A blinding behind-the-scenes look at LaGrangeville’s world-record-holding holiday light display.
By Amanda Clark | Photography by Caylena Cahill
In 1995, first-time father Timothy Gay was determined to make Christmas magical for his daughter. A Christmas light display seemed like the perfect way to do this. He began with 600 lights; five years later, it grew to 5,000; then to 73,000. Fast forward 23 years, and what started as the family’s modest display now has a name — the ERDAJT Holiday Light Display. It has more than a half a million lights, is choreographed to music, draws crowds by the thousands each year, and holds the Guinness World Record for most lights on a residential property.
Left: The lights are stored in the Gays’ large, full basement and in the garage (pictured). Tim points out that everything requires precise arranging. “It helps that I’m an engineer. And when we’ve designed new things a few key design rules are: 1) How fast can we take it down and 2) Where and how will it be stored.” Right: The Gay family accepted the Guinness World Record for “Most Lights on a Residential Property” in November of 2014.
Each year, Timothy and his wife, Grace, along with their children, Emily Raejean, Daniel Arthur, and John Timothy (a.k.a. ERDAJT), dedicate nine weeks to setting up the display. “It has become such a central part of my life, I can’t imagine not doing it,” says Emily. “I drive 10 hours each weekend starting in September just to set up lights! But it’s really about the aspect of family, tradition, and community. I wouldn’t have it any other way.”
Not surprisingly, “the kids are all pursuing jobs in engineering and computer science!” says Tim.
“One year when I was about 12, I was putting lights on a bush near our pond,” recalls Dan. “It was by a particularly icy area, so I was moving a bit slow. My Dad came over and said, ‘Why are you so slow? Let me show you how it’s done.’ He proceeded to push me aside, furiously hang up lights, and then find himself slipping and falling straight into the freezing water. After that, I continued my slow and steady pace, and he rushed in for a shower.”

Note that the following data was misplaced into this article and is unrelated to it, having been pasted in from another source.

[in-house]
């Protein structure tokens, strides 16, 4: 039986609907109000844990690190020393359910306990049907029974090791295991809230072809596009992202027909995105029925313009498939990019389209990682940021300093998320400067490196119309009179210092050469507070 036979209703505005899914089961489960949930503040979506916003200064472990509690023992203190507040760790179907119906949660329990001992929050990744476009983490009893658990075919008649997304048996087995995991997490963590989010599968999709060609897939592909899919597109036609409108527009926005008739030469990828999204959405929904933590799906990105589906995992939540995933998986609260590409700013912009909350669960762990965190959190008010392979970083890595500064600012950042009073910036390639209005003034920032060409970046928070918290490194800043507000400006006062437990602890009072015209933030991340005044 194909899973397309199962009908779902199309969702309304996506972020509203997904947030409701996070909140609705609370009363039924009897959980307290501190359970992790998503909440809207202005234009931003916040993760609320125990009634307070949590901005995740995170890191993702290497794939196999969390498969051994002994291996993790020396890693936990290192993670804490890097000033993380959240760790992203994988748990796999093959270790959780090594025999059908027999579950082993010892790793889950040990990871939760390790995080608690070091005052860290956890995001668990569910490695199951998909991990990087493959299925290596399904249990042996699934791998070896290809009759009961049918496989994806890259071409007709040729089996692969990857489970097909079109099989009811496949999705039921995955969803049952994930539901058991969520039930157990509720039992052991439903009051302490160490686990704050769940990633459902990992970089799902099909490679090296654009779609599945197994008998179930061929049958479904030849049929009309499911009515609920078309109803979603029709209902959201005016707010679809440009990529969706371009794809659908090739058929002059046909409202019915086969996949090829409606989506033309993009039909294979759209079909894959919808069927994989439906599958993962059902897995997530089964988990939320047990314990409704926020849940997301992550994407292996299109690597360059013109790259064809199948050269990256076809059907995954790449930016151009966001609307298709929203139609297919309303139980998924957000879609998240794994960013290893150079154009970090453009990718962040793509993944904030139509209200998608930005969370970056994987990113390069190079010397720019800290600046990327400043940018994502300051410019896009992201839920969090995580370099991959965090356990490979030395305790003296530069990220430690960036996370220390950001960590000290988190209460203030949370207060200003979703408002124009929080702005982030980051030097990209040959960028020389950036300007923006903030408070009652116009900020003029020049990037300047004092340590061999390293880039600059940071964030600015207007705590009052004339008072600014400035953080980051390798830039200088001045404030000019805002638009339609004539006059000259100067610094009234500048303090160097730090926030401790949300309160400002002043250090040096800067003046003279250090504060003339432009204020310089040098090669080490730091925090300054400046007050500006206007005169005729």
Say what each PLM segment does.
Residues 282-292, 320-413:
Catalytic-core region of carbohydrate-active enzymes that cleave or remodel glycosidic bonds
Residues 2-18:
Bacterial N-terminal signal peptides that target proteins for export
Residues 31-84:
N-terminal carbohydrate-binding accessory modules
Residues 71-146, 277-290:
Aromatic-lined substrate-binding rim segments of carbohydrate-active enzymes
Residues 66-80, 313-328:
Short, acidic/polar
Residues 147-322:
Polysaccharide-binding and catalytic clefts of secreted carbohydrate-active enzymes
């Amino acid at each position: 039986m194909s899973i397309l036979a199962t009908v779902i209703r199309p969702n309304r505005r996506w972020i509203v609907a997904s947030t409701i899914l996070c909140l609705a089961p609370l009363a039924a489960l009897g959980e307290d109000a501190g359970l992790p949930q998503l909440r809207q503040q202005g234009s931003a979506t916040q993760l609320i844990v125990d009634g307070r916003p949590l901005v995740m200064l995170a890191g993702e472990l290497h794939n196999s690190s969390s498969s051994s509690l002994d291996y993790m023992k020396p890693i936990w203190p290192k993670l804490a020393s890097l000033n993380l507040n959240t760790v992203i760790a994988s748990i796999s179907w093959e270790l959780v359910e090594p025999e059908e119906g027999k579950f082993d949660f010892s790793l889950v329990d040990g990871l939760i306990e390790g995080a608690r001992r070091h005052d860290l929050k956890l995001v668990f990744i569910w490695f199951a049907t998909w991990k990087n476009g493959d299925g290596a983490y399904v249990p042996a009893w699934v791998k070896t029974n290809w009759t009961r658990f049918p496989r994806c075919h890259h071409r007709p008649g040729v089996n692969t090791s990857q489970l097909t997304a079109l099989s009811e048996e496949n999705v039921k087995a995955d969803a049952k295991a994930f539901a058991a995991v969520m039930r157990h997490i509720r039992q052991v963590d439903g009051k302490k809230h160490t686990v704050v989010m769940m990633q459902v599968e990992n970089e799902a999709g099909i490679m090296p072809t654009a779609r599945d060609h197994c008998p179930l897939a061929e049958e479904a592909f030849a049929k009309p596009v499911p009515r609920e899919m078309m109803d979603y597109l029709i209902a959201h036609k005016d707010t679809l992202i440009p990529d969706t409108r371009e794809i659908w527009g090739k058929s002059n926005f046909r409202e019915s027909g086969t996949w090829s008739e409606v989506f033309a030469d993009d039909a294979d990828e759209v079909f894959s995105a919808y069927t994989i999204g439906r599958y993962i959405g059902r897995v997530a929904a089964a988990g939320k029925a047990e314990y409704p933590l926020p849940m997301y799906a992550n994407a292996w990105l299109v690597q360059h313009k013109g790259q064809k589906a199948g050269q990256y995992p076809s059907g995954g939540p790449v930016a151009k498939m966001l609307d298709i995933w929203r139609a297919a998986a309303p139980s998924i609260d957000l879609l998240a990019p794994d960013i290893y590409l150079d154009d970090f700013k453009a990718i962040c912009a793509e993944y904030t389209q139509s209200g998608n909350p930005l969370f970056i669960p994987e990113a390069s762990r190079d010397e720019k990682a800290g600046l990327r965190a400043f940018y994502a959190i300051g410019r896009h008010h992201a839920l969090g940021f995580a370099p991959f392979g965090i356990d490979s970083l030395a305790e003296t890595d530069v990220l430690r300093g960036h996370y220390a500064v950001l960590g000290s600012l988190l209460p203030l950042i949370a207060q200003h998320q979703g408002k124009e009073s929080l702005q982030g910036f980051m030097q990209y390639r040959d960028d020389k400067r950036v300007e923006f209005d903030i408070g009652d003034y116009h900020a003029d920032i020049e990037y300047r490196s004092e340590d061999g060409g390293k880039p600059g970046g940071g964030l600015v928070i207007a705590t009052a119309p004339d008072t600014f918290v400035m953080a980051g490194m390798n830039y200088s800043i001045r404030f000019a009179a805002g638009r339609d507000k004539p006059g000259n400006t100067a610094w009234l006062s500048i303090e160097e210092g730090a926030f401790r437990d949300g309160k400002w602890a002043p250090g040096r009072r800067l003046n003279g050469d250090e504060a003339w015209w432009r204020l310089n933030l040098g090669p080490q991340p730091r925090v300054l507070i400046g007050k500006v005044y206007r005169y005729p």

The purchasing of the lights starts much earlier in the year. “The major suppliers all have preorder sales in January,” says Tim. “So I placed an order in mid-January, even though we had not closed on the design.”
Tim and Grace with Dan (far left), John, and Emily during a fall setup weekend.
In 2017, the Gays unveiled their largest element to date, the “spherical wonder” that hovers over the center of the pond (pictured below). They also raised $47,437 for charities last year, including the Children’s Home of Poughkeepsie and the Dutchess County Alzheimer’s Association, bringing a six-year total to $316,498.
The spherical wonder
One of the family’s favorite parts is seeing the happiness it brings to visitors. Especially when there’s a proposal. “It’s a great time when you’re having a party in your home, and a happy couple comes in and says, ‘We just got engaged in your driveway!’” says Dan.
Not everyone is a fan of the display. With more than 1,000 cars circling during the last week alone, neighbors have expressed their disapproval. In 2010, Tim took the initiative and engaged with local law enforcement to mitigate problems caused by traffic. “I do feel bad that it upsets some, but thankful that it brings joy and happiness to far many others.”
This year, the ERDAJT Holiday Light Display has 606,000 lights (more than they had for the Guinness World Record in 2014), 1,600 strobes, and 1,608 individually controlled items.
Catch it before the lights go out; the last show is December 27. For more information and the nightly show schedule, visit www.erdajt.com.
As of 2017 (when these photos were taken) the ERDAJT Holiday Light Display had 555,000 lights, 1,550 strobes, and 259 choreographed songs. The music part entered the picture 12 years ago. “Being a music lover, I knew just adding more lights wasn’t going to be much fun, so I prepared over 2006 and made that major jump in 2007,” remarks Tim. “Adding more things became a big part of the process — designing unique elements and thinking about how you would choreograph them to music became the challenge.”
“In 2000, my brother Brian was visiting at Thanksgiving and I asked him to help put up the lights,” says Tim. “He did. The following year when he returned, he said he would only help if we put the lights around the pond instead of out by the road. Once we saw the lights reflecting, I knew I needed more lights. That’s what caused the expansion from 5,000 lights to about 73,000 lights.”